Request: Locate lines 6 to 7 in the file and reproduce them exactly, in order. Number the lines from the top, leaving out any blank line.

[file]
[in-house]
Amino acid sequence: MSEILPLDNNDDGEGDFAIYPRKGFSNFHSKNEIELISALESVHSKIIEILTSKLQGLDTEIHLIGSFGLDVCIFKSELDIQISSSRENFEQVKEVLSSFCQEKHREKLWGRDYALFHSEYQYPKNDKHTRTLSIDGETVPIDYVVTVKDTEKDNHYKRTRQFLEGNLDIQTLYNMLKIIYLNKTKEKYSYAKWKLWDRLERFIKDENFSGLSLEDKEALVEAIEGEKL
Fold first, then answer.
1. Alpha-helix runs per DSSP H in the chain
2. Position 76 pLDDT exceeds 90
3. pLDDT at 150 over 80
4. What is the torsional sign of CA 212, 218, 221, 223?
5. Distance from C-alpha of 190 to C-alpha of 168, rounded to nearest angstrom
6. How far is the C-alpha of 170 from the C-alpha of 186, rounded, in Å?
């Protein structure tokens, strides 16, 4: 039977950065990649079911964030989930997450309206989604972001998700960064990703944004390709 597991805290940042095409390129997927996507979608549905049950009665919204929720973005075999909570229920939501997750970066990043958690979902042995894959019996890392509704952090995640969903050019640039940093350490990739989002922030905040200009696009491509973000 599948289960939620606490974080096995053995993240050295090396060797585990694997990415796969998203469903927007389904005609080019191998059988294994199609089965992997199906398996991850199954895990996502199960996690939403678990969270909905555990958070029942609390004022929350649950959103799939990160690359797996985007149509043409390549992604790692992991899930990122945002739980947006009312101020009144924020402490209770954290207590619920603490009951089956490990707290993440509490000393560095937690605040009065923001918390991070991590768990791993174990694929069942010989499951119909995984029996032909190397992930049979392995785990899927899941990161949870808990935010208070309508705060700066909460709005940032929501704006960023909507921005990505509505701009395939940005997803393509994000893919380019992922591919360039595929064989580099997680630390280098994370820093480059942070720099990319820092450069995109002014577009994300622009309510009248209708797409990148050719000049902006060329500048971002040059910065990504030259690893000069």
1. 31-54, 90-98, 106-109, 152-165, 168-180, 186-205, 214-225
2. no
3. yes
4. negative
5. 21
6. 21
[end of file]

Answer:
3. pLDDT at 150 over 80
4. What is the torsional sign of CA 212, 218, 221, 223?